With 8.3 million people living in London you may be excused for thinking there is not much space for everyone - but an alternative map of the capital has blown this fallacy out of the water.
The map illustrates 62 per cent of London is comprised of open greenspace and domestic gardens, while just 14 per cent of the capital is buildings and 12 per cent roads.
Within the city's limits there are 3,000 parks, 142 local nature reserves, 36 sites of special scientific interest, four UNESCO world heritage sites and two national nature reserves, and 3.8 million private gardens.
There are also 13,000 wild species as well as lots of cats and dogs.
For its size, London is one of the greenest cities in the world – something to celebrate.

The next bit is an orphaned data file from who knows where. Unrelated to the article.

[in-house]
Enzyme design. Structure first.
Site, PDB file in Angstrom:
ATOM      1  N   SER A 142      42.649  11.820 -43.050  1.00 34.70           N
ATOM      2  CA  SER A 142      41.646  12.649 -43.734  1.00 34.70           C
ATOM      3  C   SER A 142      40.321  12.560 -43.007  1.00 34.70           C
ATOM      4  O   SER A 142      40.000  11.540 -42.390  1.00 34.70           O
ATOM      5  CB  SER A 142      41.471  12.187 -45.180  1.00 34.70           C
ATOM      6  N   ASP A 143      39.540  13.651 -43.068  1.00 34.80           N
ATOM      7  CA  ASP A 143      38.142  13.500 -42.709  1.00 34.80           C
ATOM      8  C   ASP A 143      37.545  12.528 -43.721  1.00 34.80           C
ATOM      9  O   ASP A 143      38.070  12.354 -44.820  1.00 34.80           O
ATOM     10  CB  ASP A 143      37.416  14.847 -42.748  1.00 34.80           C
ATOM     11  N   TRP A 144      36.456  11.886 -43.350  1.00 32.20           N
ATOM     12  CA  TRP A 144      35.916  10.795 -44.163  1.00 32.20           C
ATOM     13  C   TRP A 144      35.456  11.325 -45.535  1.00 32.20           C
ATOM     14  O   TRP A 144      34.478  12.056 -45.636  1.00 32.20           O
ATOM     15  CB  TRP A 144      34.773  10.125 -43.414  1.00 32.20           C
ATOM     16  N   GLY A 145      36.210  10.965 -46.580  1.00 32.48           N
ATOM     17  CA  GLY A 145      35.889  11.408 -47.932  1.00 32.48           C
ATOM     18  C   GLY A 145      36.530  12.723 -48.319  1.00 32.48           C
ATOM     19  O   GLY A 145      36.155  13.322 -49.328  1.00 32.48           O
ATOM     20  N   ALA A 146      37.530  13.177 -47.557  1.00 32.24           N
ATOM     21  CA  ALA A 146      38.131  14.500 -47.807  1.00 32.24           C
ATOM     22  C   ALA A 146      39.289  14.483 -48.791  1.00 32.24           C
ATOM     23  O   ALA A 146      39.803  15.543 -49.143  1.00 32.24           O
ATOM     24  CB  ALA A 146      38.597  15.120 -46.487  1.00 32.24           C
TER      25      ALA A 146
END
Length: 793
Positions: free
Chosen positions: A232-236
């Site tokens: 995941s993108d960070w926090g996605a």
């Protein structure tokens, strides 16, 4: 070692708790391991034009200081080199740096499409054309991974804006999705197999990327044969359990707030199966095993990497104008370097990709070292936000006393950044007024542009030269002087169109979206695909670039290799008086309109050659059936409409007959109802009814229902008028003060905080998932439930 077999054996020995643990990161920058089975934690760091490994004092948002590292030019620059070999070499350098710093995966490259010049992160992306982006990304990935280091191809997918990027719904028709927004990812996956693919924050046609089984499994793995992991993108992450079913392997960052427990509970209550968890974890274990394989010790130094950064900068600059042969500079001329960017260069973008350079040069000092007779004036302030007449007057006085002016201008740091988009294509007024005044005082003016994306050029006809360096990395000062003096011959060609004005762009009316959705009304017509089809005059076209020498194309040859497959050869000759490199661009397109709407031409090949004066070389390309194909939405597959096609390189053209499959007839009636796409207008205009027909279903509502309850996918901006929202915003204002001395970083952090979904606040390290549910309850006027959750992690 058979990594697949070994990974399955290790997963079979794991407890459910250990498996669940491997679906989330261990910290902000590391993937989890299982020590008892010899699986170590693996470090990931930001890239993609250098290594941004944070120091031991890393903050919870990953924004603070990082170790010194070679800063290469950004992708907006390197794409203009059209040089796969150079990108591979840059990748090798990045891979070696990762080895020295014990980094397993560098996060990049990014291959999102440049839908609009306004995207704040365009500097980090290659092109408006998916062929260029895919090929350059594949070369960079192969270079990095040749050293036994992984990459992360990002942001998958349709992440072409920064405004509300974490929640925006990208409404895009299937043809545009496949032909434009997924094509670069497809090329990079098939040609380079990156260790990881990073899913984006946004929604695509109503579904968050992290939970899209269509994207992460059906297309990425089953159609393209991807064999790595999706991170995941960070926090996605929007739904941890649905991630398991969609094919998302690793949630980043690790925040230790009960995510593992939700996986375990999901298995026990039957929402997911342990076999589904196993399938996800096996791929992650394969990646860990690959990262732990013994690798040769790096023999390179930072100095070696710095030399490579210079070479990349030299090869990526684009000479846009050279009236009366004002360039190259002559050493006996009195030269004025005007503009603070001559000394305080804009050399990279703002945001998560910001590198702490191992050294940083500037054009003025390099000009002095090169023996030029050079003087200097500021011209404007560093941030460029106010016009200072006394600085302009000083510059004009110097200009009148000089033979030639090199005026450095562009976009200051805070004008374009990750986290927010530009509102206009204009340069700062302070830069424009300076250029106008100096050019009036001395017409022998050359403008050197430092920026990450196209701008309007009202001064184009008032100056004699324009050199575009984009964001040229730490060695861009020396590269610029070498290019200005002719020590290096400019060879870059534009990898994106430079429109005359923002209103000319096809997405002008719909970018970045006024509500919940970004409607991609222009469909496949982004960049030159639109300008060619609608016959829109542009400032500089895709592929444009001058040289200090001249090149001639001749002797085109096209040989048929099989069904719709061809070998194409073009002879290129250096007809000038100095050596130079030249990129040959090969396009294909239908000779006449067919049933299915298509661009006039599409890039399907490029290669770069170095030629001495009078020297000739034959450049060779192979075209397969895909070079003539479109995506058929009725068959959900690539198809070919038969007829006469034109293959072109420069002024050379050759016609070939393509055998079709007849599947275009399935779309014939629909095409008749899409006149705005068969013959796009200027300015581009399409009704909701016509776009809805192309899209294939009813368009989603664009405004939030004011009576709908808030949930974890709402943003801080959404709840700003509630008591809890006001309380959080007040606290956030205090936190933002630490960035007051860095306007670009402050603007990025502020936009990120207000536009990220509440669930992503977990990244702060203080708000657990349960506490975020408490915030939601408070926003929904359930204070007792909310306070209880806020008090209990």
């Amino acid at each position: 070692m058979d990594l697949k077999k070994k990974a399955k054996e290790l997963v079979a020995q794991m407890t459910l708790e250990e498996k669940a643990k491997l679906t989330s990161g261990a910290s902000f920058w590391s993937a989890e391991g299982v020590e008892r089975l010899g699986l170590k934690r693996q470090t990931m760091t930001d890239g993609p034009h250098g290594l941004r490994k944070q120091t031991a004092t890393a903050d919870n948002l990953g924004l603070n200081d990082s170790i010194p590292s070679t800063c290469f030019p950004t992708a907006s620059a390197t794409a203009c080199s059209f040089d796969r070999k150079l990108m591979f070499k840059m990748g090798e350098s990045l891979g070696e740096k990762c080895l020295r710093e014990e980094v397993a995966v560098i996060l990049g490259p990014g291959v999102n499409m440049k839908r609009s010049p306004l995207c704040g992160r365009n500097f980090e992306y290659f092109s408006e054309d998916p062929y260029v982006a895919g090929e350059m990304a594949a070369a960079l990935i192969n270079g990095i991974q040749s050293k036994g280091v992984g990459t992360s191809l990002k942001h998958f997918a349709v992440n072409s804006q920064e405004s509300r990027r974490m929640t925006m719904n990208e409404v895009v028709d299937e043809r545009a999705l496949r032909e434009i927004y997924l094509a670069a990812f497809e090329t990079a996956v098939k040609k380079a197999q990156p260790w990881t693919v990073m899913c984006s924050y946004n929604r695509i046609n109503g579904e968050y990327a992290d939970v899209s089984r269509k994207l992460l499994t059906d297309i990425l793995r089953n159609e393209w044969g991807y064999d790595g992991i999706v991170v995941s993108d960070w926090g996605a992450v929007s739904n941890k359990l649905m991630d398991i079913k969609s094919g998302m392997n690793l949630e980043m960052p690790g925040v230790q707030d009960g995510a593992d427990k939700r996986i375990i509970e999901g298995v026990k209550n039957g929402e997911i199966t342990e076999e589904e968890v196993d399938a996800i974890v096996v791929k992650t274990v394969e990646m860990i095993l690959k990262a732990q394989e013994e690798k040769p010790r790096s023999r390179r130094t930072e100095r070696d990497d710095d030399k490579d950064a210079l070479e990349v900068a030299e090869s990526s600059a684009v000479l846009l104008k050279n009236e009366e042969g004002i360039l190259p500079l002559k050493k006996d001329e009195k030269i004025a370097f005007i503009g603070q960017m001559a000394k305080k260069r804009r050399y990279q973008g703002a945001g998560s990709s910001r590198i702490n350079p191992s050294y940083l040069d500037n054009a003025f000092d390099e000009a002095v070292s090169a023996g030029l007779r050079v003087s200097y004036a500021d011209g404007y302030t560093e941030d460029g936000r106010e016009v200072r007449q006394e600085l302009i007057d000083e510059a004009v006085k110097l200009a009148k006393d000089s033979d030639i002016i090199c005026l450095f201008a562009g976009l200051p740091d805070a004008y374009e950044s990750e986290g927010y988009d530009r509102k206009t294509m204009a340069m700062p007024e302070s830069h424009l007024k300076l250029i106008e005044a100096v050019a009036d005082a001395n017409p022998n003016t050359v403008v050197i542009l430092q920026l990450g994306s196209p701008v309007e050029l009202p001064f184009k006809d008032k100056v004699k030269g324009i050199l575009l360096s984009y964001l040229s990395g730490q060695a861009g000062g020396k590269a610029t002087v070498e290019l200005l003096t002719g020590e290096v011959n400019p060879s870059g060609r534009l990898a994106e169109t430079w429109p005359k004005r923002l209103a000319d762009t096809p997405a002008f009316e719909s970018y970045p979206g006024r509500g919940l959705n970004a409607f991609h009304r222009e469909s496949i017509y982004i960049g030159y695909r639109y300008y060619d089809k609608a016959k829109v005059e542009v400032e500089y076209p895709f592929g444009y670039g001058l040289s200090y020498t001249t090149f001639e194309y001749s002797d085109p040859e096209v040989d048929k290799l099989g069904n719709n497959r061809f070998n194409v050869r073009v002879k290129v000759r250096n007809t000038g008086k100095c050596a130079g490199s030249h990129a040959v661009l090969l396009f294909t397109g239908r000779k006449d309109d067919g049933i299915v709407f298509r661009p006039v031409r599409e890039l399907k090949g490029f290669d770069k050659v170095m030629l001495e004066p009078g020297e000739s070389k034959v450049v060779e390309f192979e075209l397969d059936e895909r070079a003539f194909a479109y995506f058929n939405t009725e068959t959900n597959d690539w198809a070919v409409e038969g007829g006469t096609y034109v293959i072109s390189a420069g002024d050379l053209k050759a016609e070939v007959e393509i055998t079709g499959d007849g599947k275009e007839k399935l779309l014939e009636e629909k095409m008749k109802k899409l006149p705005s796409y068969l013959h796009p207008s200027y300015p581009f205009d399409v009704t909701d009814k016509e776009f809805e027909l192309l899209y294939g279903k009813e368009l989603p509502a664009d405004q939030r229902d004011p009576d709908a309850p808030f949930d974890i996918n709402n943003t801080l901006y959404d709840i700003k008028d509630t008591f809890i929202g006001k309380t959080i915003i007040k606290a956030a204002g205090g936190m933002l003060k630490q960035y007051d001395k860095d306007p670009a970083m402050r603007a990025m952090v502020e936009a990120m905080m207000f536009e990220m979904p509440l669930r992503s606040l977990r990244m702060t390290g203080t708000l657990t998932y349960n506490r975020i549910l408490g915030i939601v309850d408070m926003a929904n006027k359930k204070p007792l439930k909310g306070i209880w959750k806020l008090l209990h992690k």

The map has been put together by Greater London National Park - a website campaigning for London to be turned into the world's first 'national park city'.
It uses the Office for National Statistics generalised land use database (2005) to reveal the alternative picture of the capital.
If you can imagine London becoming the world’s first 'national park city' - with the main aim to conserve its communities, wildlife and habitats - add your name to this petition.
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